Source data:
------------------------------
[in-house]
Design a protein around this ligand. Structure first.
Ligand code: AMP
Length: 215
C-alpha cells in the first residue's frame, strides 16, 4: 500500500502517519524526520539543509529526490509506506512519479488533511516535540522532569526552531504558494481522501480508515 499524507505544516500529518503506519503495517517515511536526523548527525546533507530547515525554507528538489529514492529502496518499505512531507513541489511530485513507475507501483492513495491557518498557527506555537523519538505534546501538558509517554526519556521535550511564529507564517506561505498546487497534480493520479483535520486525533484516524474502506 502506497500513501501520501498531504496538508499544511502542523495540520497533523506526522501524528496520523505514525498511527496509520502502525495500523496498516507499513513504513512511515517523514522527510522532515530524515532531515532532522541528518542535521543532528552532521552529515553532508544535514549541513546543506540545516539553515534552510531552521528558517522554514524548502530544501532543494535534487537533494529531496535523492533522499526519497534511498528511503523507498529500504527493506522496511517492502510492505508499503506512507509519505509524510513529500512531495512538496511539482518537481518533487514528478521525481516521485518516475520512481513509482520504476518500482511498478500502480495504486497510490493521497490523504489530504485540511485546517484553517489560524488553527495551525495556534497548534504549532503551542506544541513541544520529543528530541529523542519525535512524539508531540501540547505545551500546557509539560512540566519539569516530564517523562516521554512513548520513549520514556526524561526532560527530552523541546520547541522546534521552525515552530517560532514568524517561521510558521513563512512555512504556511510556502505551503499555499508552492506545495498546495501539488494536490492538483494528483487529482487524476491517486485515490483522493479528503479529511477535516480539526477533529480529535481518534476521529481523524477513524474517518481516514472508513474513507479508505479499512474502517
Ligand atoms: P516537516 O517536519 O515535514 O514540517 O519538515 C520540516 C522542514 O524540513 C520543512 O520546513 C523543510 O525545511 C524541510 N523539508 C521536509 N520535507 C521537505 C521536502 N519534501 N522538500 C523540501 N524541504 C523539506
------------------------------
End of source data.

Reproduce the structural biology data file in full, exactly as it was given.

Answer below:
[in-house]
Design a protein around this ligand. Structure first.
Ligand code: AMP
Length: 215
C-alpha cells in the first residue's frame, strides 16, 4: 500500500502517519524526520539543509529526490509506506512519479488533511516535540522532569526552531504558494481522501480508515 499524507505544516500529518503506519503495517517515511536526523548527525546533507530547515525554507528538489529514492529502496518499505512531507513541489511530485513507475507501483492513495491557518498557527506555537523519538505534546501538558509517554526519556521535550511564529507564517506561505498546487497534480493520479483535520486525533484516524474502506 502506497500513501501520501498531504496538508499544511502542523495540520497533523506526522501524528496520523505514525498511527496509520502502525495500523496498516507499513513504513512511515517523514522527510522532515530524515532531515532532522541528518542535521543532528552532521552529515553532508544535514549541513546543506540545516539553515534552510531552521528558517522554514524548502530544501532543494535534487537533494529531496535523492533522499526519497534511498528511503523507498529500504527493506522496511517492502510492505508499503506512507509519505509524510513529500512531495512538496511539482518537481518533487514528478521525481516521485518516475520512481513509482520504476518500482511498478500502480495504486497510490493521497490523504489530504485540511485546517484553517489560524488553527495551525495556534497548534504549532503551542506544541513541544520529543528530541529523542519525535512524539508531540501540547505545551500546557509539560512540566519539569516530564517523562516521554512513548520513549520514556526524561526532560527530552523541546520547541522546534521552525515552530517560532514568524517561521510558521513563512512555512504556511510556502505551503499555499508552492506545495498546495501539488494536490492538483494528483487529482487524476491517486485515490483522493479528503479529511477535516480539526477533529480529535481518534476521529481523524477513524474517518481516514472508513474513507479508505479499512474502517
Ligand atoms: P516537516 O517536519 O515535514 O514540517 O519538515 C520540516 C522542514 O524540513 C520543512 O520546513 C523543510 O525545511 C524541510 N523539508 C521536509 N520535507 C521537505 C521536502 N519534501 N522538500 C523540501 N524541504 C523539506